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Helen Heath: It All Unfolds

Lost, in 5.15 tram from Island Bay, yesterday, Purse in small kit, containing money and ring.

The Evening Post, Volume LXXI, Issue 91, 18 April 1906, p.1 http://paperspast.natlib.govt.nz/cgi-bin/paperspast?a=d&d=EP19060418.2.5.3

I found this advert on Papers Past while searching for information about my great-great-grandmother. Using this and information already collected by my father I took an imaginative leap into a possible narrative. It was a Tuesday that she took the tram home from Island Bay presumably to the Wellington Railway station. Would she have noticed the bag was missing when she tried to buy a train ticket home? What would have made her distracted enough to leave her bag on the tram? How did she get the rest of the way home? What was she doing in Island Bay in the first place? Why did she have a ring in her bag? Did anyone return it? Did she get home in time for dinner? What follows is a window into a creative process.

*

First notes:
The bag was on the seat beside me, I’m sure. I retrace my steps from the tram stop to my sister’s house, up the path to her little rental cottage in Island Bay, with white roses on either side of the gate, up to the front door and into the hall, the parlor. I’d been sitting in the small armchair by the coal fire, my bag sitting on the occasional table beside me. She’d offered me a cup of tea and fresh scones after her dance students had left. When she walks from the kitchen she holds a plate our mother gave her with sprays of blue flowers on it. Her back is ramrod straight, her feet turned out, her chin held high, as if looking down her nose at me. The scones had a thin smear of plum jam spread meanly over them, no cream. I asked her for mother’s ring, it was meant for me, after all; she shouldn’t have kept it when she packed up their things.

I would have helped her if I didn’t have my hands full with the children. She had no husband to cook for, no family mending or laundry, no children to take up her time, just her precious dance students. Once more she mentions the Governor-General’s children, heaven help me to bite my tongue! I didn’t want much, just the ring as a special keepsake, not much. She could have chosen anything at all from the estate and she did. I know it was hard packing it all up but soon she’ll be back home on the boat and I’ll never see it again.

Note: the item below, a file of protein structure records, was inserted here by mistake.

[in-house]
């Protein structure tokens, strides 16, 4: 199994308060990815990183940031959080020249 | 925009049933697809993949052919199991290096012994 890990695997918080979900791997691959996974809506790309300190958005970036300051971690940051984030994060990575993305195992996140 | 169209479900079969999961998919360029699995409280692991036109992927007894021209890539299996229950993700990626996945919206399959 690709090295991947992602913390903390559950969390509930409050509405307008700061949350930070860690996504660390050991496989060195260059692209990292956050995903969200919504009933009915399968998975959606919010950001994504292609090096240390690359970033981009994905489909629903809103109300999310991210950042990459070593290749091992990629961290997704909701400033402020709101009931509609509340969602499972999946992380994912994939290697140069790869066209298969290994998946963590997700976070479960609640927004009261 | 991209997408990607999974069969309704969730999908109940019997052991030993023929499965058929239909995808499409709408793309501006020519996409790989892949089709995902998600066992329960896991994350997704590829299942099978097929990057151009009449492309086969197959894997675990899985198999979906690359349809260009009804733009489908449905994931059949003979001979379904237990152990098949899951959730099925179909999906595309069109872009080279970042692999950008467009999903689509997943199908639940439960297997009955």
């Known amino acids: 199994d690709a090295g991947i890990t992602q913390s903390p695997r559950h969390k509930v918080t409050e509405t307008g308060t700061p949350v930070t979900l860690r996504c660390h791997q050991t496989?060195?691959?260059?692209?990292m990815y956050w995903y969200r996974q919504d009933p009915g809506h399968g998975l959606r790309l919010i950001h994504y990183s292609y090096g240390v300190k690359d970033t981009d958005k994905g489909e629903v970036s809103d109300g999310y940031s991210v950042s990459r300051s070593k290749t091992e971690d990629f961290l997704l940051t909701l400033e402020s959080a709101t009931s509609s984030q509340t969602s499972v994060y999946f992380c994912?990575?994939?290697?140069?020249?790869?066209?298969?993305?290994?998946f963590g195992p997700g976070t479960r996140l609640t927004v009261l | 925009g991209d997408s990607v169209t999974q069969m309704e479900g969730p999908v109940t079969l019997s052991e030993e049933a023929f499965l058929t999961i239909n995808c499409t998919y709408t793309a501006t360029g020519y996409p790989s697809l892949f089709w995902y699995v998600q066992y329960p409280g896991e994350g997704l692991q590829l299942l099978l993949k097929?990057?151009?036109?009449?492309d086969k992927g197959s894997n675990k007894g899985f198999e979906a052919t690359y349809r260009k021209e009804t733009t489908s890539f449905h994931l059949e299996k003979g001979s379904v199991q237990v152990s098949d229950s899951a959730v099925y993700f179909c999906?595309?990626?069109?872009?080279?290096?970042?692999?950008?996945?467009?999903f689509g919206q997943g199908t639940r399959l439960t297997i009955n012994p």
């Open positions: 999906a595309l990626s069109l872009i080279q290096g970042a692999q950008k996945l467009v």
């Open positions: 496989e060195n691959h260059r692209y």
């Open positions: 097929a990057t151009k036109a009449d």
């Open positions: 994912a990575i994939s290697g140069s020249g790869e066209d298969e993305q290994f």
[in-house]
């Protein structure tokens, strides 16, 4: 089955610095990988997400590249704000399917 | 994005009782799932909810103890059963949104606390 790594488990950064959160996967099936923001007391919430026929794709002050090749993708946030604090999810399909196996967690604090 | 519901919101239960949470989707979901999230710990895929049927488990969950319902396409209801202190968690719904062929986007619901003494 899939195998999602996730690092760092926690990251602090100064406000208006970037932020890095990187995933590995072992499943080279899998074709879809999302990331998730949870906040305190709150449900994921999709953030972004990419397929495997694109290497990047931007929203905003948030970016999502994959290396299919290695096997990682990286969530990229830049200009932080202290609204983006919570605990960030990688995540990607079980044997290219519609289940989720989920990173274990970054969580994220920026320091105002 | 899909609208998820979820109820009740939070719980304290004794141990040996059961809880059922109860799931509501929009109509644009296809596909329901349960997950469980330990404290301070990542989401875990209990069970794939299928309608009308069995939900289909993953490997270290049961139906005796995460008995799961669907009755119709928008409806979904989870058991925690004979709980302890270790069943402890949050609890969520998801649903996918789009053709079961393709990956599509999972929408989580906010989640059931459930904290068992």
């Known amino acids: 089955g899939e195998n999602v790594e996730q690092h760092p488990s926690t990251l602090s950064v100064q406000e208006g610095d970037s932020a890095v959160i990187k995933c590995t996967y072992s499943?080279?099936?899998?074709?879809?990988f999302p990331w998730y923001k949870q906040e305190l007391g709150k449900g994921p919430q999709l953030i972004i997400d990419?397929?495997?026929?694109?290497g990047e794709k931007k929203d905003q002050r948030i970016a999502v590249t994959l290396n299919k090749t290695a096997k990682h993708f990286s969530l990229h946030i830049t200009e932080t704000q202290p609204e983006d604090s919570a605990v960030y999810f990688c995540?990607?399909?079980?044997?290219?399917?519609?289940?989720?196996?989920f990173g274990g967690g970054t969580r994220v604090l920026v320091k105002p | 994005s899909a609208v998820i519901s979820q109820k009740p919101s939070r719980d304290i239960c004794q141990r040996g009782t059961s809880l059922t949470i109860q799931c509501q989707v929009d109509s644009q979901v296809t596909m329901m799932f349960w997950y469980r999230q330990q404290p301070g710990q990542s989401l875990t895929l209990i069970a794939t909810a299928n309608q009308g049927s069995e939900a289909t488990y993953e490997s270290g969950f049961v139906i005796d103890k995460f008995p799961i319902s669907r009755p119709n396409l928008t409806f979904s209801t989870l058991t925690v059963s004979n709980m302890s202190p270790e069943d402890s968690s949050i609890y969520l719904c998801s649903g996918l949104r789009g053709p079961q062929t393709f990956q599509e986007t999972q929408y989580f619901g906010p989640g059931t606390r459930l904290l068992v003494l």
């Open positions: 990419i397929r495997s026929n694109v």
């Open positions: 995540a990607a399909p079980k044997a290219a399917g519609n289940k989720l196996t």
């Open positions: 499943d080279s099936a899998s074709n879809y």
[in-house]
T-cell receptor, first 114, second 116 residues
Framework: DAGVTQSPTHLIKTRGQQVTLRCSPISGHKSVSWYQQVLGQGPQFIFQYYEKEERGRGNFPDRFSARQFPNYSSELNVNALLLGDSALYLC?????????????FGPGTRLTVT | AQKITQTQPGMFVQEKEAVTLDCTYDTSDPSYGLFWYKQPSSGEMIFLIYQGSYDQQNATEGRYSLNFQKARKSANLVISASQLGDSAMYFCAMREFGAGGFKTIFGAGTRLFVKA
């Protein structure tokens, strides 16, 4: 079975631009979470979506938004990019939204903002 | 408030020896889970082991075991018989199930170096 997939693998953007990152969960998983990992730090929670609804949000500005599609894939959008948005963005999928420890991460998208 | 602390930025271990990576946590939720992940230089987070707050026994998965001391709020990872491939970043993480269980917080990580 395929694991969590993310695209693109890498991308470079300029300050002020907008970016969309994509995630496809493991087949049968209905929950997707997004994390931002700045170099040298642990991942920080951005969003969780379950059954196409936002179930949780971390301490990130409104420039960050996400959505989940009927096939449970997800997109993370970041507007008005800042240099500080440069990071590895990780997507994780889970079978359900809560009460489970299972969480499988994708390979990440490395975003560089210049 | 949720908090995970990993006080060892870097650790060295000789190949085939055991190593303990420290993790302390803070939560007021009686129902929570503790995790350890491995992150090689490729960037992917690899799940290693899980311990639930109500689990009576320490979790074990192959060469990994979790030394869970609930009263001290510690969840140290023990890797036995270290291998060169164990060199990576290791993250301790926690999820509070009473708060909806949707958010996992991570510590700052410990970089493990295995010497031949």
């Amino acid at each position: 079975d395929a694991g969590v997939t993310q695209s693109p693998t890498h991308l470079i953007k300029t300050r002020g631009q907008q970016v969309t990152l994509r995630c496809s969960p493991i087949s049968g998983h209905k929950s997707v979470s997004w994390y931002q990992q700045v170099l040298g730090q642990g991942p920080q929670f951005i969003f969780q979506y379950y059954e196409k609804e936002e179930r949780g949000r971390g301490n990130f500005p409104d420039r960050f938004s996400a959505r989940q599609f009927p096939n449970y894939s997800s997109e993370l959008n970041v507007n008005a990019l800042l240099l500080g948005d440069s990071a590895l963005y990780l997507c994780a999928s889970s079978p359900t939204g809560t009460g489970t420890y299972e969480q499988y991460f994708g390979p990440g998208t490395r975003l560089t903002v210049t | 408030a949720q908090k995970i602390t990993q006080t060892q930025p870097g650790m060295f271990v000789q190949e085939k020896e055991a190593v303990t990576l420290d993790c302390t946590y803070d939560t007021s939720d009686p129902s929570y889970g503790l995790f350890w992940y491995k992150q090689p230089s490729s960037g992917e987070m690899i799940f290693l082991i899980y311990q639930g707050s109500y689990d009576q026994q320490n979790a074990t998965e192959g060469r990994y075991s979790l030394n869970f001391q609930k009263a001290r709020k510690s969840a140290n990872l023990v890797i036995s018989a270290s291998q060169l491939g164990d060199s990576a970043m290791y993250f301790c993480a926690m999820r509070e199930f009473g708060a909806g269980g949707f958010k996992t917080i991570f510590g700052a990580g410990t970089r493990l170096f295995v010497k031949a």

I thank her, place it in my purse. Before I leave I place it in my purse. I should have slipped it on my finger, slipped it on my finger. Now they’re gone.
Mother, Father, Sister, Ring.

Heaton family at Hutt River. Private collection of Helen Heath.

After my first notes I draft and redraft a poem from the notes. Then I think it might suit the form of a villanelle, which I then attempt. This is an early draft and may well change.

*

It all unfolds
Helen Heath

After thinking about it my life whole
retrace that ride taken on the wing
my sister, the ring, it all unfolds.

We all know that fortune favours the bold
she knew well mother left me the ring
must me dance around it my life whole?

We’d lowered mother’s body down the hole
listened to a church of people sing
my sister, the ring, it all unfolds.

She gives it to me, turns to stoke the coals
placed in a small purse I’d thought to bring
and snap the clasp shut all my life whole.

leave her parlor, peeling wallpaper mould
head for the tram, a pigeon homing
that’s what past, present and future holds.

It’s not my fate to be favoured and bold
I’ve lost mother, sister, and damn ring
after thinking about it my life whole
my sister, the ring, it all unfolds.

*

HELEN HEATH is a writer and doctoral student at the International Institute of Modern Letters. Her poetry and essays have been published in many New Zealand and overseas journals. Her first book, Graft (Victoria University Press, 2012), was honored as Best First Book — Poetry at the New Zealand Post Book Awards. It was also nominated for the Royal Society Science Book Prize in 2013.